VW Criminal Charges on Deck

The civil lawsuit brought by the Justice Department against Volkswagen for violating the Clean Air Act was only the opening round.

Criminal charges are on deck.

David Uhlmann

David Uhlmann

The New York Times reported yesterday that “the civil complaint, which does not involve criminal charges or auto executives facing charges, is something of a blow to the Obama administration’s highly promoted new strategy for getting tough on corporate crime” and that “despite a pledge by the Justice Department in September to go after executives responsible for corporate wrongdoing, federal prosecutors stopped short of criminal charges and did not single out individuals.”

But Justice Department spokesperson Wyn Hornbuckle told Corporate Crime Reporter that “we have active and ongoing investigation.”

“The filing of a complaint is an important step but not the last step toward holding Volkswagen accountable for the alleged violations,” Hornbuckle said. “The complaint is being filed now so that the United States can actively participate in the just underway multi-district litigation. A civil complaint does not preclude the government from seeking other legal remedies, including criminal charges. The United States’ investigation is continuing and will follow the facts and evidence wherever they lead.”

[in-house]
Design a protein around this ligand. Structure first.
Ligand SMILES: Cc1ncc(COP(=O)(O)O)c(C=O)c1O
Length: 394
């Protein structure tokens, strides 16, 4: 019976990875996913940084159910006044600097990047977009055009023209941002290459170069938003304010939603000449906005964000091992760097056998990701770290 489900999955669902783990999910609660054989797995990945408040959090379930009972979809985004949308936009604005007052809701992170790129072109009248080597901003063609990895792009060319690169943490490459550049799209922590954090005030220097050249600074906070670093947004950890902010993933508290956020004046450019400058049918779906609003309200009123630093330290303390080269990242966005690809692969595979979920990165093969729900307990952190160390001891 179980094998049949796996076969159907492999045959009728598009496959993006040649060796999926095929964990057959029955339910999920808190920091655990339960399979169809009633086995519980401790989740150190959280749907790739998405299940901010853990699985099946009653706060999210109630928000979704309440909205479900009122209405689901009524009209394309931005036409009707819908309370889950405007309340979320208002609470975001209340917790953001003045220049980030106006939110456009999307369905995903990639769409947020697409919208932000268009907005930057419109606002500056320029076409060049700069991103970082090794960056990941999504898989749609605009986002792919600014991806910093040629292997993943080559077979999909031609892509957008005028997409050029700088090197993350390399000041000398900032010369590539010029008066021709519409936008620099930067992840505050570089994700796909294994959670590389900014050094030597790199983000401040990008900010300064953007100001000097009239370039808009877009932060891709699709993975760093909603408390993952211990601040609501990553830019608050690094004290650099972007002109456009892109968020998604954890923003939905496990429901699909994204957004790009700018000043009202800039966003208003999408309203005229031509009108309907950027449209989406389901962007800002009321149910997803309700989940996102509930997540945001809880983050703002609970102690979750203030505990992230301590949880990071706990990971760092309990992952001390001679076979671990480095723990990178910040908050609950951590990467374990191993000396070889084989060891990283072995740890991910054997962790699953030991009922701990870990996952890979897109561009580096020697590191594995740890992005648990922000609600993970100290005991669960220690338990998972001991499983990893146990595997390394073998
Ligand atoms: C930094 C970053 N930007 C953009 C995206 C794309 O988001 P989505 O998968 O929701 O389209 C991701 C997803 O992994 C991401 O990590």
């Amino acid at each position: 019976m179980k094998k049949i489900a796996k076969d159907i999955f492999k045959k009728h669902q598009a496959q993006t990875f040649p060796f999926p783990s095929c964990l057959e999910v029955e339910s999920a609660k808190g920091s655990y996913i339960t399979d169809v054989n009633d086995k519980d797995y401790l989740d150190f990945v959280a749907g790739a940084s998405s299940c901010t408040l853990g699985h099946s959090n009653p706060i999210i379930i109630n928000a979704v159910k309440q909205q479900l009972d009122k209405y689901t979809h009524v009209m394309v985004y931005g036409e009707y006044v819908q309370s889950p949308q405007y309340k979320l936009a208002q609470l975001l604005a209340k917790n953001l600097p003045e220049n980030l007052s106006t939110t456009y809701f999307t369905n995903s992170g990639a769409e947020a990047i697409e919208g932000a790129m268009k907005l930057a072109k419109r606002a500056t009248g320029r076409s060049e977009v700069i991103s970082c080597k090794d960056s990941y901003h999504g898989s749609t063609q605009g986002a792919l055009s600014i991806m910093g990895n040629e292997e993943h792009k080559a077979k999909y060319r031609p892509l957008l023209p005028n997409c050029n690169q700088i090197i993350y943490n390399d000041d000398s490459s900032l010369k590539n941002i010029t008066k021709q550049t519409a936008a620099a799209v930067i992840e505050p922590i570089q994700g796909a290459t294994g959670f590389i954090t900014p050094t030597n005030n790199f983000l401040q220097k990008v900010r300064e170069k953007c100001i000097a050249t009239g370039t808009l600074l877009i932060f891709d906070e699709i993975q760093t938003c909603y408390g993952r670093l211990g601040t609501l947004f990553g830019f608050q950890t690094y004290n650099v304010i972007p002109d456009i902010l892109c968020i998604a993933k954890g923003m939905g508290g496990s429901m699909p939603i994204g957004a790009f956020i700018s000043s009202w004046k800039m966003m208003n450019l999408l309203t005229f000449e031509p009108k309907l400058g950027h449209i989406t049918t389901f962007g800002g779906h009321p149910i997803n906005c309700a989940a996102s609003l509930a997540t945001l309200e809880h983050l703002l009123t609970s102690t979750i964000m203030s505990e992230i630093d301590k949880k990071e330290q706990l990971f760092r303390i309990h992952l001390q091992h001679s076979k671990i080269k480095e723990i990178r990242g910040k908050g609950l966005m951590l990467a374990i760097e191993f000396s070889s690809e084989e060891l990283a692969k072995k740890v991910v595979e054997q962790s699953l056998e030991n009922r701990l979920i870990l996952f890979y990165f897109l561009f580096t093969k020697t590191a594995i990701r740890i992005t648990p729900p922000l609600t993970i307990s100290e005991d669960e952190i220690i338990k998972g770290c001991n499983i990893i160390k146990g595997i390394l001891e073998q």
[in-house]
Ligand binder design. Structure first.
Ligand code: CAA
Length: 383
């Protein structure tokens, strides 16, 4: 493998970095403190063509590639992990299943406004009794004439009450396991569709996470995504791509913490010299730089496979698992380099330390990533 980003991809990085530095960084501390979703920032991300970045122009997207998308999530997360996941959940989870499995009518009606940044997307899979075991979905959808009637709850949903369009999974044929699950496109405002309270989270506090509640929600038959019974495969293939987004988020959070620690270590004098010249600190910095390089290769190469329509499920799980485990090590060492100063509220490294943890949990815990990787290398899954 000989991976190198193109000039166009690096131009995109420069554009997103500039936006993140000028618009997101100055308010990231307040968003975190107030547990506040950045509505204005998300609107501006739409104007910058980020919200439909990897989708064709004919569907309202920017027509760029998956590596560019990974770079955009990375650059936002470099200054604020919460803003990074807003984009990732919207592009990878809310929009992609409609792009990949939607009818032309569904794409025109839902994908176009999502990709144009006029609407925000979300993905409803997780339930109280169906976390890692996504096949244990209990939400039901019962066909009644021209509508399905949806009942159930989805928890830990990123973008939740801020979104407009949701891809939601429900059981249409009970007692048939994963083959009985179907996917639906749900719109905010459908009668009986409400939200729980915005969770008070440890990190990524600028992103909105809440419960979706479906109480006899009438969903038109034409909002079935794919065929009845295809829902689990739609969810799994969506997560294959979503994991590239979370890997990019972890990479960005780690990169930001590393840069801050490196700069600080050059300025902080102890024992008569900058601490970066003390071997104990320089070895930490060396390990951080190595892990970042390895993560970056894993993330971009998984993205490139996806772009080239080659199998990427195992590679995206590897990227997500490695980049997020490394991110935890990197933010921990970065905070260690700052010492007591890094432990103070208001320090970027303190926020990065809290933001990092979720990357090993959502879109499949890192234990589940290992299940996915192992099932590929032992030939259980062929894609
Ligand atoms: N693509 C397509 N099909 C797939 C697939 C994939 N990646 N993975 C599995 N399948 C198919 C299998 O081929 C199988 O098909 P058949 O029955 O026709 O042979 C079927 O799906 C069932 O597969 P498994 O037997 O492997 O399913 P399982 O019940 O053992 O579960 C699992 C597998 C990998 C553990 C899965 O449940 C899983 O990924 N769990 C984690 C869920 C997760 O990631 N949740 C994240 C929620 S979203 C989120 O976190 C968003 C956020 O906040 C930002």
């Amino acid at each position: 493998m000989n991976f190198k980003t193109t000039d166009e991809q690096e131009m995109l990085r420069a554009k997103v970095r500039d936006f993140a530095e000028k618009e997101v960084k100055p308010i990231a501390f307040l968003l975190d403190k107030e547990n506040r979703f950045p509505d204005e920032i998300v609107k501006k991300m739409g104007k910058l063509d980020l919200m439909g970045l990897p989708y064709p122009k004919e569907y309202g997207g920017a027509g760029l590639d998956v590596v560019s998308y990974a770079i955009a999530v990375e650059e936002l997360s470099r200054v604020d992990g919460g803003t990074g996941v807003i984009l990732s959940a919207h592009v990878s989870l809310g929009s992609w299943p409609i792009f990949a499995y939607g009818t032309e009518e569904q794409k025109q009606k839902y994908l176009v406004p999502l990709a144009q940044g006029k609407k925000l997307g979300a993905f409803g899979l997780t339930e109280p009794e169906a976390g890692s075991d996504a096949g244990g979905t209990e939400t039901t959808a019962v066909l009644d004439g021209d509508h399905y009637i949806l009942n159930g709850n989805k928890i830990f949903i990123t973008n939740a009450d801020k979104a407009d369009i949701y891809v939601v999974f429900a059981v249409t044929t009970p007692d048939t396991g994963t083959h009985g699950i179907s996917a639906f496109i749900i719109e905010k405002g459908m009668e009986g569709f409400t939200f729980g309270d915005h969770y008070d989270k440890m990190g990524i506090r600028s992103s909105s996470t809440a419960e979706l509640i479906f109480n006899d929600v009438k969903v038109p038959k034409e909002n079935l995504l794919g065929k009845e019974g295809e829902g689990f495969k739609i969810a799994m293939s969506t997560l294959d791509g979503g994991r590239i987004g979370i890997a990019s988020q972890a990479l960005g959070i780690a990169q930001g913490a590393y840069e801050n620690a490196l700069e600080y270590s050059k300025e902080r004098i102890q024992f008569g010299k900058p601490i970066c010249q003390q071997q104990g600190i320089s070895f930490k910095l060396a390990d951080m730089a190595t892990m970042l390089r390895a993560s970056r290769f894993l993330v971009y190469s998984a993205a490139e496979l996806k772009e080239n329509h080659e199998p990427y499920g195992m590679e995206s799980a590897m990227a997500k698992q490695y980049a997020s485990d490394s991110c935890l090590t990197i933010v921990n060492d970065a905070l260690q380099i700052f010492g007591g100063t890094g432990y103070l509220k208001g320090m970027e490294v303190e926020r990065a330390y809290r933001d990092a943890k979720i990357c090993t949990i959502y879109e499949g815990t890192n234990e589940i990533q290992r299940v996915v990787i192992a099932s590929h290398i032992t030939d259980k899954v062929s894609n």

And University of Michigan Law Professor David Uhlmann, the former head of the Justice Department’s Environmental Crimes Unit, said that “criminal charges will follow.”

“The Justice Department’s civil suit is merely its opening salvo in the VW emissions debacle,” Uhlmann said.  “Criminal charges will follow — possibly before the end of the year and no later than 2017 — and when the litigation is over VW will have paid billions in criminal and civil penalties.”

“The civil suit filed today comes right out of the Gulf oil spill playbook. The Justice Department has again led with its civil complaint and intends to pursue those claims alongside the private party tort actions consolidated in San Francisco as multi-district litigation. In the past, the Justice Department would have held its civil claims until criminal violations could be investigated completely, not wanting civil depositions to undermine criminal prosecution, but this is the new normal for high-profile cases.”

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